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I am a Ubuntu beginner and I started to use Ubuntu 12.10 beta 2 last week. I found that my hard disk is full. It seems the disk does not mounted correctly. However, I have tried a lot of codes but they don't work at all. Thanks for your help.

 peng@peng-ThinkPad-SL410:~$ df
文件系统           1K-块      已用    可用     已用%  挂载点
/dev/sda1      238304896 230078604 5805240   98%   /
udev             1022532         4 1022528    1%   /dev
tmpfs             412108       884  411224    1%   /run
none                5120         8    5112    1%   /run/lock
none             1030264      1152 1029112    1%   /run/shm
none              102400        36  102364    1%   /run/user

文件系统 = File system
1K-块 = 1-K Blocks
已用 = Has been used
可用 = Available
已用% = Use %
挂载点 = Mount point

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up vote 1 down vote accepted

There are several tools that can display your disk usage graphically, for example filelight. Without futher investigation, it is nearly impossible to say what causes your disk to get full. If you get that additional info, you should post that in your question to get more precise answers.

For me, the downloaded packages (.deb files) are often a source of high disk usage and you can clear that using the command apt-get clean.

And like the other answers state, I can't see why your disk shouldn't be mounted correctly.

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I have a few questions first. What makes you think that the disk is not mounted correctly? Is your hard disk's 240 gb or is it very different?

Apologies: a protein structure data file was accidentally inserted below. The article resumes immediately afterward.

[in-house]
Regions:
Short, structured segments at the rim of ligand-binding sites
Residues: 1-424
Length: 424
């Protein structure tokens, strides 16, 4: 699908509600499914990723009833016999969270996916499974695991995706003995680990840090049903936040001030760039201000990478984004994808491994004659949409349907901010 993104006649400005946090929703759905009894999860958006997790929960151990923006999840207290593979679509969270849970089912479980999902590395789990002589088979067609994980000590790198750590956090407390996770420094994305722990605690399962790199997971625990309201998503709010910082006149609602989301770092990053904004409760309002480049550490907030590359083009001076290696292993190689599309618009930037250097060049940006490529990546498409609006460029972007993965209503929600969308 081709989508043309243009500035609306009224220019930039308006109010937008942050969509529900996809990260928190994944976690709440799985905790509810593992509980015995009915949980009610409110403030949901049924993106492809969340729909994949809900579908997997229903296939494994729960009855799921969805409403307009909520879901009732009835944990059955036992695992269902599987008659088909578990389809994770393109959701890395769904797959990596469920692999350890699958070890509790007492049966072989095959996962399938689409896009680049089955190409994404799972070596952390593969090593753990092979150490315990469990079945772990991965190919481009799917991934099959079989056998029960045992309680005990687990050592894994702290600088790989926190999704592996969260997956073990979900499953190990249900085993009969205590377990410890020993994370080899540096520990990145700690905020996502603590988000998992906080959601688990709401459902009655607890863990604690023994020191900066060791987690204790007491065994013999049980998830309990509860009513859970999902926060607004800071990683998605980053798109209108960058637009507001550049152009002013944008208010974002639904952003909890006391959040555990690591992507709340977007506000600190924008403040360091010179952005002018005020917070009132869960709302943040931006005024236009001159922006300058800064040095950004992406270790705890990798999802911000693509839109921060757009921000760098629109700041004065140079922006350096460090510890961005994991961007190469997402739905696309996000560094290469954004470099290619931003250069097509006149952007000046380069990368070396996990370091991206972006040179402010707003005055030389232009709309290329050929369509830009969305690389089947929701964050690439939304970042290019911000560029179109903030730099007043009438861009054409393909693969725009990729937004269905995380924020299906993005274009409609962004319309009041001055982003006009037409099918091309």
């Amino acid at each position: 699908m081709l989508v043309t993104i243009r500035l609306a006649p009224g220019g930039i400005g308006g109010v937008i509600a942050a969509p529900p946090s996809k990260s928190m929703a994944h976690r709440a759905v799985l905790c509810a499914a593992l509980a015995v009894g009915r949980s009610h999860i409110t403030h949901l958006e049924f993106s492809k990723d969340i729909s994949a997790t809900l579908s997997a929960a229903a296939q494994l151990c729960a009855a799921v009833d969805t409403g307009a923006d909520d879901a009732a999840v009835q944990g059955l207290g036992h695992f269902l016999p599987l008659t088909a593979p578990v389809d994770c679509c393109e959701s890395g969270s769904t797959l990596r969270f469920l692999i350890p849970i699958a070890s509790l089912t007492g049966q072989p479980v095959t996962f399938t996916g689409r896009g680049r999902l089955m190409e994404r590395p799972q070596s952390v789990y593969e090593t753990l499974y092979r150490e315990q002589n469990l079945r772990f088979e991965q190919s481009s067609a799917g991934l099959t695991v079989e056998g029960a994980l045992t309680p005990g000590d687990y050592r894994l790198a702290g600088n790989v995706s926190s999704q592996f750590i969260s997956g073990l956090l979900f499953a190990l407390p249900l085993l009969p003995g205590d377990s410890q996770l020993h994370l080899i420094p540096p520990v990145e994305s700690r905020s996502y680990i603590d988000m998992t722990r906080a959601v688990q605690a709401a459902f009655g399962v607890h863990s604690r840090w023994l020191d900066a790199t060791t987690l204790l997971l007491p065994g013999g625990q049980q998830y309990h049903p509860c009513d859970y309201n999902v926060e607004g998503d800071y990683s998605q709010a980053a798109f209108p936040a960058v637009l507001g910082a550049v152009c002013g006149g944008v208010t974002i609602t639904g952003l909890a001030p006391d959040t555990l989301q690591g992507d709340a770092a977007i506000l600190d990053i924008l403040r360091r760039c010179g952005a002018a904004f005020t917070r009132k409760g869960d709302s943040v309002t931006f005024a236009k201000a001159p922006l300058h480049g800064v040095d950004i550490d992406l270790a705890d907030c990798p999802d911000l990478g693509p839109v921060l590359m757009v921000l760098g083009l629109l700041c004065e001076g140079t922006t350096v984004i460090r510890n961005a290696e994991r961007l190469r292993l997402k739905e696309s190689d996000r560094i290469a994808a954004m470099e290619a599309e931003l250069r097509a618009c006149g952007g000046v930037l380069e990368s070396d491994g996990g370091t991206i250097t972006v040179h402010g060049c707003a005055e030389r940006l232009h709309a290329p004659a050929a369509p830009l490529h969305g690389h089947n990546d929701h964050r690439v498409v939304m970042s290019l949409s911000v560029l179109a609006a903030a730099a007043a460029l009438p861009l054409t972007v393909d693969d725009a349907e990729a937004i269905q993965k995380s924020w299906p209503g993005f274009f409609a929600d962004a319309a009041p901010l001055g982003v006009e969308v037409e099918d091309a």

Assuming its a file or bunch of files which might have caused this, you can try du -sh / in terminal to see which folders are abnormally large and then run the command on that folder and so on to track down the offending files if any

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You can investigate the problem with the Disk Usage Analyzer. It wil show a graphical representation of the size of files and directories on your hard drive and you can quickly drill down to the problem areas.

I see no indication that your partition is mounted incorrectly, unless you have more partitions on your hard drive that should have been mounted as well. The following command gives a list of partitions, which may help us to identify the problem:

sudo parted /dev/sda print
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I had a similar problem and it turned out a log file was getting massive.

Change to your Home directory:

cd /home/*yourusername*

ls -al 

check to see if anything is way too big. My .xsession-errors file was 430GB!

So I deleted the darn thing:

sudo rm .xsession-errors 
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